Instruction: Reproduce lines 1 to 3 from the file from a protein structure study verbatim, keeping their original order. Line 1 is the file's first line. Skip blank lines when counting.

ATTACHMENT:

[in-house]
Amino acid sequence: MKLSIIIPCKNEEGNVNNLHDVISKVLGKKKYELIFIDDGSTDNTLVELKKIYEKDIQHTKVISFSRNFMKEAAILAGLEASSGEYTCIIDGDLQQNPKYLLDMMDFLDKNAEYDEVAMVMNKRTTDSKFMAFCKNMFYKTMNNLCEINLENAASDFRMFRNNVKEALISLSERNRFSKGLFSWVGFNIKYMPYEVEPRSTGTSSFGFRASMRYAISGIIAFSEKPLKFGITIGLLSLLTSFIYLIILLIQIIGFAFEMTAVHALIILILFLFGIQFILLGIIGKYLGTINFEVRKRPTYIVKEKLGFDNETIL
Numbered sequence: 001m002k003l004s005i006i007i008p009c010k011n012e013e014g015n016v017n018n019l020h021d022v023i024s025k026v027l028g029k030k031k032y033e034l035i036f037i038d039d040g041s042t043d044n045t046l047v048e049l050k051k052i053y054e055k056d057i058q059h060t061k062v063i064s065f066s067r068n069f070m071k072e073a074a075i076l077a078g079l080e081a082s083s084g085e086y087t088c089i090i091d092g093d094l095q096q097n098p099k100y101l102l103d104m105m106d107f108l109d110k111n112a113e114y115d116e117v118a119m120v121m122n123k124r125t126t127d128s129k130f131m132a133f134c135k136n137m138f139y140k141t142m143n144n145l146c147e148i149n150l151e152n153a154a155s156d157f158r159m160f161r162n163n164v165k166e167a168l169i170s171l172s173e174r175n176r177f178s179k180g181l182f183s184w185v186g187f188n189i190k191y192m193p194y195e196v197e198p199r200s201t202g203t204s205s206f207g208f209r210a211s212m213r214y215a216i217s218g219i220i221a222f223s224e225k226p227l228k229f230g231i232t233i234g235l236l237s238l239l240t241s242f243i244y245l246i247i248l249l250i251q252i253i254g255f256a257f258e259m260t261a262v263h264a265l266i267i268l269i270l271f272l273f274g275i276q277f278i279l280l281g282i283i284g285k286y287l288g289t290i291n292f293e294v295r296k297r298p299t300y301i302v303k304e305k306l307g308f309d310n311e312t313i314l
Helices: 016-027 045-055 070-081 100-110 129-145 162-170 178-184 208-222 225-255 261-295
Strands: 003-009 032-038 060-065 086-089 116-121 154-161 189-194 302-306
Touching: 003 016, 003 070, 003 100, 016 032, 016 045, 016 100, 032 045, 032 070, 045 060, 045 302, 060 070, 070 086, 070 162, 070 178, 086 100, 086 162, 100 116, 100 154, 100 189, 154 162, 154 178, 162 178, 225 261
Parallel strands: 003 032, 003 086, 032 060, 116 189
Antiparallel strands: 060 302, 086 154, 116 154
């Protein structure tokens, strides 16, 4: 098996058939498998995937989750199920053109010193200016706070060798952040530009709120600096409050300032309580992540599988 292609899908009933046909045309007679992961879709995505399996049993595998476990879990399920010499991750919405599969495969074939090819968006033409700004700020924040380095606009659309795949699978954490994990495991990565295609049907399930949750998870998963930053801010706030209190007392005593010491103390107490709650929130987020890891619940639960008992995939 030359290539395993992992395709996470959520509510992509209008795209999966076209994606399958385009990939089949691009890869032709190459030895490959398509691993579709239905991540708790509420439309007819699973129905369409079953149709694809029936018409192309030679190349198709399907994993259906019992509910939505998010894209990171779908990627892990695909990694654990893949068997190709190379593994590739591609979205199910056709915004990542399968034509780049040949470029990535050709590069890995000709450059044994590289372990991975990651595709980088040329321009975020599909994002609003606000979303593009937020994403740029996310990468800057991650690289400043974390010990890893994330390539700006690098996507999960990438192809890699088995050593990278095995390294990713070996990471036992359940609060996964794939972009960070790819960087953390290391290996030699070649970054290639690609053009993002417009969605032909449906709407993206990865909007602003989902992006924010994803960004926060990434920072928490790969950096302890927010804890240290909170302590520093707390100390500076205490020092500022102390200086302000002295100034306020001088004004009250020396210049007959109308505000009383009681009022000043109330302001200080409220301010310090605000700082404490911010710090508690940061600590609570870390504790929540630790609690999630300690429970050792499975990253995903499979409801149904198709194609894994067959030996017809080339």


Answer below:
[in-house]
Amino acid sequence: MKLSIIIPCKNEEGNVNNLHDVISKVLGKKKYELIFIDDGSTDNTLVELKKIYEKDIQHTKVISFSRNFMKEAAILAGLEASSGEYTCIIDGDLQQNPKYLLDMMDFLDKNAEYDEVAMVMNKRTTDSKFMAFCKNMFYKTMNNLCEINLENAASDFRMFRNNVKEALISLSERNRFSKGLFSWVGFNIKYMPYEVEPRSTGTSSFGFRASMRYAISGIIAFSEKPLKFGITIGLLSLLTSFIYLIILLIQIIGFAFEMTAVHALIILILFLFGIQFILLGIIGKYLGTINFEVRKRPTYIVKEKLGFDNETIL
Numbered sequence: 001m002k003l004s005i006i007i008p009c010k011n012e013e014g015n016v017n018n019l020h021d022v023i024s025k026v027l028g029k030k031k032y033e034l035i036f037i038d039d040g041s042t043d044n045t046l047v048e049l050k051k052i053y054e055k056d057i058q059h060t061k062v063i064s065f066s067r068n069f070m071k072e073a074a075i076l077a078g079l080e081a082s083s084g085e086y087t088c089i090i091d092g093d094l095q096q097n098p099k100y101l102l103d104m105m106d107f108l109d110k111n112a113e114y115d116e117v118a119m120v121m122n123k124r125t126t127d128s129k130f131m132a133f134c135k136n137m138f139y140k141t142m143n144n145l146c147e148i149n150l151e152n153a154a155s156d157f158r159m160f161r162n163n164v165k166e167a168l169i170s171l172s173e174r175n176r177f178s179k180g181l182f183s184w185v186g187f188n189i190k191y192m193p194y195e196v197e198p199r200s201t202g203t204s205s206f207g208f209r210a211s212m213r214y215a216i217s218g219i220i221a222f223s224e225k226p227l228k229f230g231i232t233i234g235l236l237s238l239l240t241s242f243i244y245l246i247i248l249l250i251q252i253i254g255f256a257f258e259m260t261a262v263h264a265l266i267i268l269i270l271f272l273f274g275i276q277f278i279l280l281g282i283i284g285k286y287l288g289t290i291n292f293e294v295r296k297r298p299t300y301i302v303k304e305k306l307g308f309d310n311e312t313i314l